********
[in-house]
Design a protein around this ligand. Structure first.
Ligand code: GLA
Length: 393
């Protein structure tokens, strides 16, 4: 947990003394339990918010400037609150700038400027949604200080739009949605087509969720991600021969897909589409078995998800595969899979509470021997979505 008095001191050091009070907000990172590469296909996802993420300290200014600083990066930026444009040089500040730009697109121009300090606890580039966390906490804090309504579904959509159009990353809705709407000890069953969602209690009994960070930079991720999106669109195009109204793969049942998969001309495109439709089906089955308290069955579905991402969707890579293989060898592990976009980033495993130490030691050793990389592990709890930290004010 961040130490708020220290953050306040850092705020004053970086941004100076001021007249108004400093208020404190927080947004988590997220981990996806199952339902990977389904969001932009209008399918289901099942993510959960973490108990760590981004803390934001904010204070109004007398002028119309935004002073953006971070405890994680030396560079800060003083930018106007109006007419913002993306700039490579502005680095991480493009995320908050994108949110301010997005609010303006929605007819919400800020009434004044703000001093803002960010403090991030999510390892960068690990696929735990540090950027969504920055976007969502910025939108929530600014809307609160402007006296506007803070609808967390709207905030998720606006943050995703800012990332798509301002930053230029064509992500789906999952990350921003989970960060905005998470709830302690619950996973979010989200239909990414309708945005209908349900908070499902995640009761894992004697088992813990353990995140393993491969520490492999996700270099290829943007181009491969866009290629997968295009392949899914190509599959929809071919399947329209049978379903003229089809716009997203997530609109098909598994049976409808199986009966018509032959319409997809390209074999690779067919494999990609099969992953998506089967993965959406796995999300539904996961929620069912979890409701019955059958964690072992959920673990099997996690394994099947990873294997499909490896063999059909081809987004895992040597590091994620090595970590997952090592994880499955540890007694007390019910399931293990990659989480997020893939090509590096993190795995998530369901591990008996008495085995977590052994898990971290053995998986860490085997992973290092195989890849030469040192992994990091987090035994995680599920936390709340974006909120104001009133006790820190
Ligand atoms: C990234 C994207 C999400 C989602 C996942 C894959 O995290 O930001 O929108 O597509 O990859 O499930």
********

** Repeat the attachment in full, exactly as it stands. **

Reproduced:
[in-house]
Design a protein around this ligand. Structure first.
Ligand code: GLA
Length: 393
């Protein structure tokens, strides 16, 4: 947990003394339990918010400037609150700038400027949604200080739009949605087509969720991600021969897909589409078995998800595969899979509470021997979505 008095001191050091009070907000990172590469296909996802993420300290200014600083990066930026444009040089500040730009697109121009300090606890580039966390906490804090309504579904959509159009990353809705709407000890069953969602209690009994960070930079991720999106669109195009109204793969049942998969001309495109439709089906089955308290069955579905991402969707890579293989060898592990976009980033495993130490030691050793990389592990709890930290004010 961040130490708020220290953050306040850092705020004053970086941004100076001021007249108004400093208020404190927080947004988590997220981990996806199952339902990977389904969001932009209008399918289901099942993510959960973490108990760590981004803390934001904010204070109004007398002028119309935004002073953006971070405890994680030396560079800060003083930018106007109006007419913002993306700039490579502005680095991480493009995320908050994108949110301010997005609010303006929605007819919400800020009434004044703000001093803002960010403090991030999510390892960068690990696929735990540090950027969504920055976007969502910025939108929530600014809307609160402007006296506007803070609808967390709207905030998720606006943050995703800012990332798509301002930053230029064509992500789906999952990350921003989970960060905005998470709830302690619950996973979010989200239909990414309708945005209908349900908070499902995640009761894992004697088992813990353990995140393993491969520490492999996700270099290829943007181009491969866009290629997968295009392949899914190509599959929809071919399947329209049978379903003229089809716009997203997530609109098909598994049976409808199986009966018509032959319409997809390209074999690779067919494999990609099969992953998506089967993965959406796995999300539904996961929620069912979890409701019955059958964690072992959920673990099997996690394994099947990873294997499909490896063999059909081809987004895992040597590091994620090595970590997952090592994880499955540890007694007390019910399931293990990659989480997020893939090509590096993190795995998530369901591990008996008495085995977590052994898990971290053995998986860490085997992973290092195989890849030469040192992994990091987090035994995680599920936390709340974006909120104001009133006790820190
Ligand atoms: C990234 C994207 C999400 C989602 C996942 C894959 O995290 O930001 O929108 O597509 O990859 O499930």